Yunnan Quake Devoured Mud Brick Homes in Poor County
(Ludian, Yunnan) – On the morning of August 7, a funeral was held in Longtoushan Township, in the southwestern province of Yunnan. The funeral was for four youngsters, all from the Ding family's five children. They were buried in their home made of mud brick when the August 3 earthquake shook northeastern Yunnan.
Ludian County, where Longtoushan is located, suffered the most from quake, which the China Earthquake Administration said had a magnitude of 6.5. The official death toll as of August 7 was 615 people – 526 from Ludian. Another 114 people are missing; 109 of them are from Ludian.
Ma Zhenxian, director of the Ludian County civil affairs bureau, told the media that many people were killed and injured by collapsed buildings. Chen Guoyong, head of Longtoushan County, said 80 percent of the structures that tumbled were houses made of mud brick.
Most of the local homes are two-storey buildings made of packed clay and bricks, with some wood used for support. One villager said that many of the mud brick houses were built more than a decade ago and some poor families have continued building similar homes in recent years.
"It is difficult to survive the collapse of adobe houses," said a local official, who explained that the clay filled every corner of a structure when it fell.
Locals say a quake-resistant home is three times more expensive than a traditional mud brick home. Some villagers have started to build with cement in recent years, but very few used supporting columns that can withstand a strong quake because they wanted to save money.
"In how many years will an earthquake occur?" one villager said. "With limited money, we must save."
Ludian is one of the poorest counties in China. The average annual income for farmers is 4,300 yuan, and nearly 60 percent of the locals live on less than 7 yuan a day.
Because it grows chili peppers, Longtoushan has a better economy than many other townships in Ludian. The richest family there earns 40,000 yuan every year, while most others have annual income of 10,000 yuan to 20,000 yuan.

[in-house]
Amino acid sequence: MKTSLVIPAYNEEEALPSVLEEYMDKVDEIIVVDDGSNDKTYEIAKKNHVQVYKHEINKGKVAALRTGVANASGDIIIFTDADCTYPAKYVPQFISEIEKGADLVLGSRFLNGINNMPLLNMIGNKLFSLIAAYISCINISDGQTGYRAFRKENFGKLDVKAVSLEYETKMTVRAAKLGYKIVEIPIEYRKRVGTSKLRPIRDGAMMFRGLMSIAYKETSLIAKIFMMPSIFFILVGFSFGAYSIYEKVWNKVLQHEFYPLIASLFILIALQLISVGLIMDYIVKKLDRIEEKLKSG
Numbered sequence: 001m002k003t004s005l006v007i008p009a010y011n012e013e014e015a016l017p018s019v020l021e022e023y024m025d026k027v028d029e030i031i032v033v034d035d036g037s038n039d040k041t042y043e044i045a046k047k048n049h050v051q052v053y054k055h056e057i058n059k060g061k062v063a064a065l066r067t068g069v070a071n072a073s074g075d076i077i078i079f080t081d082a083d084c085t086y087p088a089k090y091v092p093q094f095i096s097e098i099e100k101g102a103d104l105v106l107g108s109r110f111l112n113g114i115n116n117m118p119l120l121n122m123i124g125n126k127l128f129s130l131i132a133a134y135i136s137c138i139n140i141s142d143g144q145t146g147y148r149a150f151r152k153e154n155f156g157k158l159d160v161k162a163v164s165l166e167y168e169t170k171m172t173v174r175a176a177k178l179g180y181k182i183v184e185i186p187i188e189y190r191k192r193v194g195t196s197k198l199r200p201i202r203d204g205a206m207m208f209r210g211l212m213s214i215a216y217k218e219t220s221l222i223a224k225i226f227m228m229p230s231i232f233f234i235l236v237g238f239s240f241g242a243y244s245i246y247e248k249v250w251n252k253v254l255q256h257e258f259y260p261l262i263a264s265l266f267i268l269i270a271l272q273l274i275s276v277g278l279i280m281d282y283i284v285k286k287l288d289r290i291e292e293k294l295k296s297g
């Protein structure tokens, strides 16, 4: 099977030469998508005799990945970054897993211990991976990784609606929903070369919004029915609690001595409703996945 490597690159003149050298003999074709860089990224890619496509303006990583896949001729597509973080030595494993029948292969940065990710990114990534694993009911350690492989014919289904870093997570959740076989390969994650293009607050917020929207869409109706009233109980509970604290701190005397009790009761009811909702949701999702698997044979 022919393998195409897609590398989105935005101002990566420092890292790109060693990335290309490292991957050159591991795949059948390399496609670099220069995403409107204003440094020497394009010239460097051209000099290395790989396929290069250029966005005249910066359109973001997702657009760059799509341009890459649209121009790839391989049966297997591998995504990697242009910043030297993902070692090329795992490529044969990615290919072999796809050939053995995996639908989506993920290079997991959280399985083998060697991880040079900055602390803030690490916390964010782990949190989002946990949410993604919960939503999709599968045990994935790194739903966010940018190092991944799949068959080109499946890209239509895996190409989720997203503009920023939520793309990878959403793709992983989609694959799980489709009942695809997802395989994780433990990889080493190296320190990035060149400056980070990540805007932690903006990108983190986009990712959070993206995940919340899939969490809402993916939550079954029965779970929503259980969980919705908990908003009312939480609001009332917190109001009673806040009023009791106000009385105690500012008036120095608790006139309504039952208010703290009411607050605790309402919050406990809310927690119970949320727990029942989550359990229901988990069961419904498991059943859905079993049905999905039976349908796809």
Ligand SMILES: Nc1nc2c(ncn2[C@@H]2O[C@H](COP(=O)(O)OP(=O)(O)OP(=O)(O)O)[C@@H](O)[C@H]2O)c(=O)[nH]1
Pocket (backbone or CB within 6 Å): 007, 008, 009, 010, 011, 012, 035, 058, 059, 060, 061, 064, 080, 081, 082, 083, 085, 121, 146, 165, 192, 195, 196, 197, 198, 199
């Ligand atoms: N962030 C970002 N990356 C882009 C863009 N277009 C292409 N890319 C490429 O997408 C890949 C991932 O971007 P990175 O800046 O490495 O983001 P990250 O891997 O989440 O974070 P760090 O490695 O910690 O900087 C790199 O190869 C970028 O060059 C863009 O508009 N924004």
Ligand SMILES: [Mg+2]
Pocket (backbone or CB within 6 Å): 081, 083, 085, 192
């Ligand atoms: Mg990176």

But Ludian is in an earthquake-prone area; it has been hit by at least 15 quakes with a magnitude of 6.0 or higher over the past 100 years. In 2004, the central government launched projects so buildings in quake-prone rural areas could withstand quakes. Ludian was one of the counties in Yunnan that was emphasized in the projects.
Cai Ming, director of the Ludian trade bureau, told the official Xinhua News Agency that the county government started to offer subsidies to encourage villages to renovate and improve buildings in 2003. Houses that meet quake-resistance standards could get a subsidy of 10,000 yuan.
Also, the Yunnan provincial government started projects to improve the safety of rural buildings in 2007, setting a target of ensuring that all rural buildings be able to resist a magnitude 6.0 quake by 2020.
The province vowed to pay 5,000 yuan to each household that rebuilt homes using higher standards. Those that only renovated could get 2,000 yuan.
But those amounts are not enough for most farmers in Ludian. The average cost of a 60 square meter home that can survive a quake is around 60,000 yuan. The figure hits 100,000 yuan when the cost of demolishing old buildings is added.
As of last year, only 0.08 percent of the quake-resistant buildings that are planned in Ludian were finished, the least among Yunnan's counties.
"Over the past decades, we made some progress in quake-resistance projects, but there are also regrets," one local official said.
The official went on to point out the obvious: the death toll from this quake would have been much lower if there were fewer mud brick homes in the area.
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